Director of Operations Ali Formica Coleman said the fish market closes every year after Christmas, but this year it came at a particularly good time to give staff a mental health break and make sure everyone is fully tested before reopening.

She said the pandemic's recent surge is having a host of impacts, including affecting the supply chain and staff members' lives, making gathering over the holidays difficult to contend with, and causing people to be on high alert, with cold and flu season contributing to the stress and anxiety.

"You just kind of have to roll with the punches and keep everybody as safe as you can," she said.

Cheryl Robdau of Mystic Drawbridge Ice Cream said the shop closed Jan. 2 for a few weeks to upgrade with new equipment. The business typically closes and refreshes the store this time of the year, but this year the shop has purchased a new ice cream machine. The shop had taken supply chain issues into consideration and ordered the machine last summer for a scheduled arrival this month, she said.

Overall, she said the shop did not experience anything different in business during the holiday season: "Mystic seemed as busy as usual," she said.

Some shops are finding business is holding steady.

Owner Lisa Lord said Twist Yarn Shoppe in Niantic has been busier recently as people stay home more and look for projects to do, with many learning how to knit and crochet. The winter is typically a busier season for the shop.

But the pandemic overall has been very challenging, she said, as she's had to change so much, including building a website, installing protective barriers by the register and adding more sanitizer dispensers, and limiting knitting classes to smaller groups when the shop is closed.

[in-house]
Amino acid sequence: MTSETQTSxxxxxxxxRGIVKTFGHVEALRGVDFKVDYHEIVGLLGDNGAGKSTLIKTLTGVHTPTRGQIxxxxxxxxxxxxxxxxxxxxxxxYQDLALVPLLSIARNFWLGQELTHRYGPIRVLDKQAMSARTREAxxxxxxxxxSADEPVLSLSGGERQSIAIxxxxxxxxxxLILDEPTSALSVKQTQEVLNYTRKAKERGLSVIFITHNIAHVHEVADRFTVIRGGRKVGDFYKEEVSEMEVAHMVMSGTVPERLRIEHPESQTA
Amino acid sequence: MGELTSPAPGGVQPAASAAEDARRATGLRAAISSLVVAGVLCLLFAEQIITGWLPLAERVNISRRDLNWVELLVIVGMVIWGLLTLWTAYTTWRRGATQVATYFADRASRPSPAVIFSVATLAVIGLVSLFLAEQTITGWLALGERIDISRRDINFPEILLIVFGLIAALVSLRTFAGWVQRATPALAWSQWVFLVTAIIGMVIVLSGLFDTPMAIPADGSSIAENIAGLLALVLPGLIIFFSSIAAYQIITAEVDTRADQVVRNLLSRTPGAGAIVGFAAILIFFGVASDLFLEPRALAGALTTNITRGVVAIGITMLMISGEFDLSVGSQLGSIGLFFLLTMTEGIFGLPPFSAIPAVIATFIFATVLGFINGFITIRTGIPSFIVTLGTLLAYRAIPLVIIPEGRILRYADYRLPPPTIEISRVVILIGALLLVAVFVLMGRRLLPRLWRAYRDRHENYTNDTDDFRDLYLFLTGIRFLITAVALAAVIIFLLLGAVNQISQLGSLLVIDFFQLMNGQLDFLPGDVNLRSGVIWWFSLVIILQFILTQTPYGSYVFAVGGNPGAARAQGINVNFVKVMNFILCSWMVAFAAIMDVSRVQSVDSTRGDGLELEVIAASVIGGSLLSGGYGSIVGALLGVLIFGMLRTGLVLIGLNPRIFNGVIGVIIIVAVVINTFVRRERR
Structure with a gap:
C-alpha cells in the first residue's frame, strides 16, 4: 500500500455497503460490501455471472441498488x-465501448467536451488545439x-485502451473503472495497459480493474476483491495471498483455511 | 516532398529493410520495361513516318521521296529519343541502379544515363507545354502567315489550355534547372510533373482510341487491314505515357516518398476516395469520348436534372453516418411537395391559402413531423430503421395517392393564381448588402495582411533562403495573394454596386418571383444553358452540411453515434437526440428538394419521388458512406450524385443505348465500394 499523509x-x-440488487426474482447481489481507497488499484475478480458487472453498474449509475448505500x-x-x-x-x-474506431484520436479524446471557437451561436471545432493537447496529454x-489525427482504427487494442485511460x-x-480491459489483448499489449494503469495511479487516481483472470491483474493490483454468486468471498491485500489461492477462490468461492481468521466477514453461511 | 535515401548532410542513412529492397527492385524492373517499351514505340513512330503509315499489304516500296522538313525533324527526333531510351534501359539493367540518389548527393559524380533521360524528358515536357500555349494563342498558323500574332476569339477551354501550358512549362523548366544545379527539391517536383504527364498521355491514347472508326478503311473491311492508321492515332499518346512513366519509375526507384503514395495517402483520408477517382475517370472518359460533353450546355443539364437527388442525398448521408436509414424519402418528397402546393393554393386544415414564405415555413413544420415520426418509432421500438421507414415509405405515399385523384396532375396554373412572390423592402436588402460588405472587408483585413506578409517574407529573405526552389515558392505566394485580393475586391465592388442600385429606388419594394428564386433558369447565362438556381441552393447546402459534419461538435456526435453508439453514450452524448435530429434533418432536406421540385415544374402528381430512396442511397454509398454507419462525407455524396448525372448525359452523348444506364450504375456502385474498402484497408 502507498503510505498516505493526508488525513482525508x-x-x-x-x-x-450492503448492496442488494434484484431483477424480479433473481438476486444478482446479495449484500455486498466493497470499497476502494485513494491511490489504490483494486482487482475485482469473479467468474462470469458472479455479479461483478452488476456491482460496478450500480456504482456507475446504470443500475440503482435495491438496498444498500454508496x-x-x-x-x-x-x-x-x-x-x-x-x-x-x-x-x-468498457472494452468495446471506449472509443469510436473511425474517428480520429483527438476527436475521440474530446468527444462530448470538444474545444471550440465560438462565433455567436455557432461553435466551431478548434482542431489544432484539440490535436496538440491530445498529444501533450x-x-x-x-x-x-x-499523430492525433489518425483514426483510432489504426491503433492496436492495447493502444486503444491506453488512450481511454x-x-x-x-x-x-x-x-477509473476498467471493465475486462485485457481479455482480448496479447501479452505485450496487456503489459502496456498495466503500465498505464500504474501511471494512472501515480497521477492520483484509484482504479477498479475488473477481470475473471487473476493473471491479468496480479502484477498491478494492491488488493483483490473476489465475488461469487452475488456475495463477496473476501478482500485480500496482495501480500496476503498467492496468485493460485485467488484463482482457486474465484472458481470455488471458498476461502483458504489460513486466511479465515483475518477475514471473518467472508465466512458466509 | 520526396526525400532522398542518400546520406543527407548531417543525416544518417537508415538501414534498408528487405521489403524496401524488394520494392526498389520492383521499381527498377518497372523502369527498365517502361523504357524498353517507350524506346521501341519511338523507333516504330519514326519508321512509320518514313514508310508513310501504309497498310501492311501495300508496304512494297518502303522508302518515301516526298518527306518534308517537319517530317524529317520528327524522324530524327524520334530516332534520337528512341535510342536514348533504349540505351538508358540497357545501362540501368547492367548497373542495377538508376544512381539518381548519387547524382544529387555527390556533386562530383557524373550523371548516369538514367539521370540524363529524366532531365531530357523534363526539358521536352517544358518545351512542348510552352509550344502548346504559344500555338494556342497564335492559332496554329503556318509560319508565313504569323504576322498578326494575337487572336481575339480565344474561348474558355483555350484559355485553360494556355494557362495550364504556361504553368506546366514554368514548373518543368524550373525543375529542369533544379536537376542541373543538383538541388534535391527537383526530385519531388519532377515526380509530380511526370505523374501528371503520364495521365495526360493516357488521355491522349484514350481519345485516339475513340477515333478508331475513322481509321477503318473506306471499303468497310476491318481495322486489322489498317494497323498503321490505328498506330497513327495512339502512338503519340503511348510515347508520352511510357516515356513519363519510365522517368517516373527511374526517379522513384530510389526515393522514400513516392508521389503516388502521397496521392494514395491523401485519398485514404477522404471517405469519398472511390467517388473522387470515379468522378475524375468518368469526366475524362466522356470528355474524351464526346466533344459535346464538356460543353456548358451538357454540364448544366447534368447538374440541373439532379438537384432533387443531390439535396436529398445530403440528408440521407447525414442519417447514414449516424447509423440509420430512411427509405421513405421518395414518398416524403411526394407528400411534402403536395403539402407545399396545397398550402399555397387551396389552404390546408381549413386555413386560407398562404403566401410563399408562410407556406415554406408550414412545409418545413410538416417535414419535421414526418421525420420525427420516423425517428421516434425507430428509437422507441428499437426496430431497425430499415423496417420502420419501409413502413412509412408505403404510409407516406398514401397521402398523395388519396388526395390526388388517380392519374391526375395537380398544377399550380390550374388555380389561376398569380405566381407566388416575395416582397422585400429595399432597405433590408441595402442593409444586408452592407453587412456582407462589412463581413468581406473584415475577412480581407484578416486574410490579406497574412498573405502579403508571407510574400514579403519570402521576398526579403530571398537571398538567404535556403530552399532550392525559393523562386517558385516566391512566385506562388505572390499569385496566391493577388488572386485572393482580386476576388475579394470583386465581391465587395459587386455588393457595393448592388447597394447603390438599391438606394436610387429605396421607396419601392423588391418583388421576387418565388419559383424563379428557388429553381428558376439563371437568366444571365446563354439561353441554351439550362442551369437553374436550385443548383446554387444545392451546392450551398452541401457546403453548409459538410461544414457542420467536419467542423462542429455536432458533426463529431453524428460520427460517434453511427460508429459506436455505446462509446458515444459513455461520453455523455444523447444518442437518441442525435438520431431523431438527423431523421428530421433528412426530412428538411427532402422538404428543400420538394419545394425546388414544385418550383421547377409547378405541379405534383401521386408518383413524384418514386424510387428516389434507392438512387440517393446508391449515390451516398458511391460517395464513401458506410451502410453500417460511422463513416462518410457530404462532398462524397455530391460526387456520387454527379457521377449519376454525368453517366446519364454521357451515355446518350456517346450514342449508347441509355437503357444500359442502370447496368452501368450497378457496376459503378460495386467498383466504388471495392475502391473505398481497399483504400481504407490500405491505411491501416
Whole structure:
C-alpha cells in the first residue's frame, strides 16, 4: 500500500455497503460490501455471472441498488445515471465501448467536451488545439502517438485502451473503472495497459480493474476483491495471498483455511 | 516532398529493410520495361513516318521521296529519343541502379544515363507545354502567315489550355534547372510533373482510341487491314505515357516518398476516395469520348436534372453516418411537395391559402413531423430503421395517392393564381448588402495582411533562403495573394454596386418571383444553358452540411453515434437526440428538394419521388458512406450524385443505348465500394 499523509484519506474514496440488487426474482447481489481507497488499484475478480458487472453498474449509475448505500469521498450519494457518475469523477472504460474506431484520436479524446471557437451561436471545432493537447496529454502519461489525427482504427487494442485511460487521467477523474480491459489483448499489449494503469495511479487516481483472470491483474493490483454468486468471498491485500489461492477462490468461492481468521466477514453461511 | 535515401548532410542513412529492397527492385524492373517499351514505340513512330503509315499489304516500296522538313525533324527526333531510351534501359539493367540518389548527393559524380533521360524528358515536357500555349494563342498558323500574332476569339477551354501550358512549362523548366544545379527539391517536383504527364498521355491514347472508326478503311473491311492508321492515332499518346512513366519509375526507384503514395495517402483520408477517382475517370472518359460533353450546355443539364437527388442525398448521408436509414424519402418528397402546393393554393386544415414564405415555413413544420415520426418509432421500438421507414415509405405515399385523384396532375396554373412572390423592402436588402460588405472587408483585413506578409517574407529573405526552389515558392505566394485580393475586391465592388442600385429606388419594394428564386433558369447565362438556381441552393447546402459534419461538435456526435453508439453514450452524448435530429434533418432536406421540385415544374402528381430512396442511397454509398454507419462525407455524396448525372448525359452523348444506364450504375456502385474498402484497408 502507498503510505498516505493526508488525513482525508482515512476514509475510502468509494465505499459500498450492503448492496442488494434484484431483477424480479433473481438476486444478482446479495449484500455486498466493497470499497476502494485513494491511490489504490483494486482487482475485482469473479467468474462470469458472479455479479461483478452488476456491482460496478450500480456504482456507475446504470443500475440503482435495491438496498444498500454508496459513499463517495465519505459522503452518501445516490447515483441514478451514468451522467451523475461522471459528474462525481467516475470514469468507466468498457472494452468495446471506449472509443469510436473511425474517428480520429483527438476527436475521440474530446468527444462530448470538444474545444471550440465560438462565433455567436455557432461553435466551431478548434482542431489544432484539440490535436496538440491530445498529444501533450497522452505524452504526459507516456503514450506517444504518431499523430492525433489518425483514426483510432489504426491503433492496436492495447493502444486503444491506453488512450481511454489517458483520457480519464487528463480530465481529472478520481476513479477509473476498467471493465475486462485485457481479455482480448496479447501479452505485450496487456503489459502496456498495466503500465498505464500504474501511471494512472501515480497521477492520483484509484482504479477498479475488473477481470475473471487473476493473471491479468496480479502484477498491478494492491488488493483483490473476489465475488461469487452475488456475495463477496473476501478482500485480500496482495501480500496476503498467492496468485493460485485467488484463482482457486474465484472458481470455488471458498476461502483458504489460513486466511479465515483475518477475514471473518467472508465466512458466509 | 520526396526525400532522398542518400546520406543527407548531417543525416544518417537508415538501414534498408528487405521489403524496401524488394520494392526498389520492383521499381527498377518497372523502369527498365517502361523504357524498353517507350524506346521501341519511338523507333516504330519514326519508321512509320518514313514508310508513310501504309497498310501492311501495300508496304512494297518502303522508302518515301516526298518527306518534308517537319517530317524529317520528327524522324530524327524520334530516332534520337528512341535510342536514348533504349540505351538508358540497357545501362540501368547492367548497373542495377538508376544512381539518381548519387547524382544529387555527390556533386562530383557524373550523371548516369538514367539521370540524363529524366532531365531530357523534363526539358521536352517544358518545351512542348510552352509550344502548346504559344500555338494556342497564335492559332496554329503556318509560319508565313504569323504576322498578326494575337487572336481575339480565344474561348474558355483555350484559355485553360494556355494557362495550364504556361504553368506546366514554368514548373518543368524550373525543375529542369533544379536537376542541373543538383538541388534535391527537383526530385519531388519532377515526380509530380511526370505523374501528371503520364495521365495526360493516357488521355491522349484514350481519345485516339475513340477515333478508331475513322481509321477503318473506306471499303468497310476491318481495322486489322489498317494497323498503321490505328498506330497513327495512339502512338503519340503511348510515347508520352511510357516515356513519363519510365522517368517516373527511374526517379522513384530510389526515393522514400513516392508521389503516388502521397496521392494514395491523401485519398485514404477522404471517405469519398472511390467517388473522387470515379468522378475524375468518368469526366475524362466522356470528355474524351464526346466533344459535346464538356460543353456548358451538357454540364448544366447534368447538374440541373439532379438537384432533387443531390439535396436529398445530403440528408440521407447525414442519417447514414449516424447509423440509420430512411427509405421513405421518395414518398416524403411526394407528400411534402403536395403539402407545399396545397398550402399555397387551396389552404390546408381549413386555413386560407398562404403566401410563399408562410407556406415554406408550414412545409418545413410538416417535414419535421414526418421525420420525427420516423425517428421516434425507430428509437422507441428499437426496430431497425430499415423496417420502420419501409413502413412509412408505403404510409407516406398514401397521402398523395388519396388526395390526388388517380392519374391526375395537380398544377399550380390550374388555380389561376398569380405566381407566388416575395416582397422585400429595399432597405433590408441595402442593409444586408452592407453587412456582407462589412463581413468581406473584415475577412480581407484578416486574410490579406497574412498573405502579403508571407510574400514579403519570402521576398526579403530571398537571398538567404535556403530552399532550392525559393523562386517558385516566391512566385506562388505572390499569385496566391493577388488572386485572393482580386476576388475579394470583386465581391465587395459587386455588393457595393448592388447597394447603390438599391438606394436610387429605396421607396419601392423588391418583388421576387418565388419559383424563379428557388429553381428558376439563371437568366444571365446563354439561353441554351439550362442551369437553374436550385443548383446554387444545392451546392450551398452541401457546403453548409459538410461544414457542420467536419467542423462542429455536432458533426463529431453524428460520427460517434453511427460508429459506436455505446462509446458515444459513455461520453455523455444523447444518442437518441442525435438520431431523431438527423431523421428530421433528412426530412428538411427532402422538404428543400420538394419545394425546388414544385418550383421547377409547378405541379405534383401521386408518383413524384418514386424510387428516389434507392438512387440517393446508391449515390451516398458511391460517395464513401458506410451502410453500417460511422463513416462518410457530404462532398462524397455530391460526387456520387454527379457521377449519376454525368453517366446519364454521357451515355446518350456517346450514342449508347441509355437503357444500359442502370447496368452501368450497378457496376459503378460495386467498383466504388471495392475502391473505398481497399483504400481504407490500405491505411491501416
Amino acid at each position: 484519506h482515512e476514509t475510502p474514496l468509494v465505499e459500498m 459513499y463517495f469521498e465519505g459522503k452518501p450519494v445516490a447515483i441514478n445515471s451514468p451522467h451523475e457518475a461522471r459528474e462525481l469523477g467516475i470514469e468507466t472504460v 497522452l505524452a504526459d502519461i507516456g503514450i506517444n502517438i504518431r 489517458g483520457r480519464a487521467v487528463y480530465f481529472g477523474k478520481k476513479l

Mike Shapiro, vice president of Connecticut operations for Planet Fitness, said in a statement that the gym chain's locations are using protocols such as "touchless check-in, a Crowd Meter that allows members to check club capacity in real-time, increased sanitization of equipment, and cleaning stations for member use." He said Planet Fitness recently achieved the WELL Health-Safety Rating by the International WELL Building Institute.

"We will continue to follow state and local mandates regarding mask, capacity, and social distancing policies for gyms and fitness centers," he added. "We encourage our members to take the precautions necessary for their peace of mind to continue their fitness routines safely and comfortably."

Deborah Kollmeyer of Adore in Mystic, which sells global gifts, furniture and apparel, said it's hard to know if the COVID-19 uptick is affecting sales because January through March are typically slow months in Mystic and the store has abbreviated hours this time of year — 11 a.m. to 5 p.m. Sunday through Friday, and 10 a.m. to 6 p.m. on Saturdays.

She said Adore has been very lucky, as no employees have caught COVID-19. She added that customers have been great about wearing their masks — and she thinks people don't mind wearing masks as much in the winter, since it keeps their faces warm.

"I am hoping we will be all done with COVID by spring," she said, "and life can get by back to normal."

k.drelich@theday.com